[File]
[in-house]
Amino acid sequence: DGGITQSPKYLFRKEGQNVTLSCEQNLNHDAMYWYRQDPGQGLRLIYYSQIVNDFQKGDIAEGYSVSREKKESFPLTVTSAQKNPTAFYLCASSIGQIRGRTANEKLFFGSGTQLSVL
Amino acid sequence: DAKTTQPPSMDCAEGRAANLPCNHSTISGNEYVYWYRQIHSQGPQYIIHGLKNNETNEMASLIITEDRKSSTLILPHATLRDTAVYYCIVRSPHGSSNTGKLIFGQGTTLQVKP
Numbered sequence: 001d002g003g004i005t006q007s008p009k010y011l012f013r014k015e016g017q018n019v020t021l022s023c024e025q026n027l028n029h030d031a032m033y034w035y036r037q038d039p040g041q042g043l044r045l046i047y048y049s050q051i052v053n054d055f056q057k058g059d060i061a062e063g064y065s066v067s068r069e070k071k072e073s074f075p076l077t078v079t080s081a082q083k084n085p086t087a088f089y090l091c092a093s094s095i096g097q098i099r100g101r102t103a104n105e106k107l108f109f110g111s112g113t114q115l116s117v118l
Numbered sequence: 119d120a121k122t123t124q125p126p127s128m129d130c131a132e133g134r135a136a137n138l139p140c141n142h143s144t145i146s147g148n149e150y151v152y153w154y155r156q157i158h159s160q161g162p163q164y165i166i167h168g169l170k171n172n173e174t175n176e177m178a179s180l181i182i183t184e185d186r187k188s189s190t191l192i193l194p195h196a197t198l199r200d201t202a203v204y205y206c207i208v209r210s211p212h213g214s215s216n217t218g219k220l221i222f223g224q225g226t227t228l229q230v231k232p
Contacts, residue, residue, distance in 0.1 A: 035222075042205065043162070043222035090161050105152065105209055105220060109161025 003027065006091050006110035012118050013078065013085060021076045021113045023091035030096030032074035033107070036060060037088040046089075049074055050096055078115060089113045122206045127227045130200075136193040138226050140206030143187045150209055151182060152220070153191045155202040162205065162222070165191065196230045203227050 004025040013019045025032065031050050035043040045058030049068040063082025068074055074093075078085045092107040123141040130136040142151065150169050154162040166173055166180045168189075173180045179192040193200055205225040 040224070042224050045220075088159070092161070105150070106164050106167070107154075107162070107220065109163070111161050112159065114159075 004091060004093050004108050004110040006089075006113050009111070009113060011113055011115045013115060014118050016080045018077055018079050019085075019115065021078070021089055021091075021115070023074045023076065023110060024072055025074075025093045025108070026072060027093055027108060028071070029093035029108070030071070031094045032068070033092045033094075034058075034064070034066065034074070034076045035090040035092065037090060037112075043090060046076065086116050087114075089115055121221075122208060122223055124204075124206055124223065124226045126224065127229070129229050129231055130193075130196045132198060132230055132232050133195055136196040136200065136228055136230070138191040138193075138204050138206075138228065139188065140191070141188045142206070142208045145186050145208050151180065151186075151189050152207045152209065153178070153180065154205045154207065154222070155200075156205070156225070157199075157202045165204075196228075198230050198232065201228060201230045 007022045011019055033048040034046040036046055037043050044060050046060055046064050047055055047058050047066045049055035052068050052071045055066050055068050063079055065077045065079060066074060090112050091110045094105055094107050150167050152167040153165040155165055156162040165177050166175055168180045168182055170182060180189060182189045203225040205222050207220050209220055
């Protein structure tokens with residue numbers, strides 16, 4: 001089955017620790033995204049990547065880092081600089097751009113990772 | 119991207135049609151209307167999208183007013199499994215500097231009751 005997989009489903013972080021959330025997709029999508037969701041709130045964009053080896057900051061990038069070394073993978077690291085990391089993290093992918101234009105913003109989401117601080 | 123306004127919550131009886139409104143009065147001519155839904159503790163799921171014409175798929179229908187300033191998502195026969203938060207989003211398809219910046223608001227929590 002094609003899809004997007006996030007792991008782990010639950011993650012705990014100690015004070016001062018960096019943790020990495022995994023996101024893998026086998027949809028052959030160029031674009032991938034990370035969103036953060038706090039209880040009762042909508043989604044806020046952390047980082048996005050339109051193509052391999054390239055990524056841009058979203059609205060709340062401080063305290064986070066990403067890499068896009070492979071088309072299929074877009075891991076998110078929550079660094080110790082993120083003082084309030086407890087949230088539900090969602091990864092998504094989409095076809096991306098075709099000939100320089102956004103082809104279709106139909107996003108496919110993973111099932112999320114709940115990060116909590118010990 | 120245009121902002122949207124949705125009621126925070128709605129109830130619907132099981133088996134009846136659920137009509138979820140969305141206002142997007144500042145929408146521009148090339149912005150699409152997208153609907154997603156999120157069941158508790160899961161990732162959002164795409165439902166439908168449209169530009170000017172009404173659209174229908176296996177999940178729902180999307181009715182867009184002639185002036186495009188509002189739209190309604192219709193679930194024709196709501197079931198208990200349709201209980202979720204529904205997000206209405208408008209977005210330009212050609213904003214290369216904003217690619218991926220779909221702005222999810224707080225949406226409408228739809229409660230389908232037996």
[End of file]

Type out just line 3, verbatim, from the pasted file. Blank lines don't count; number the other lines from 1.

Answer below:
Amino acid sequence: DAKTTQPPSMDCAEGRAANLPCNHSTISGNEYVYWYRQIHSQGPQYIIHGLKNNETNEMASLIITEDRKSSTLILPHATLRDTAVYYCIVRSPHGSSNTGKLIFGQGTTLQVKP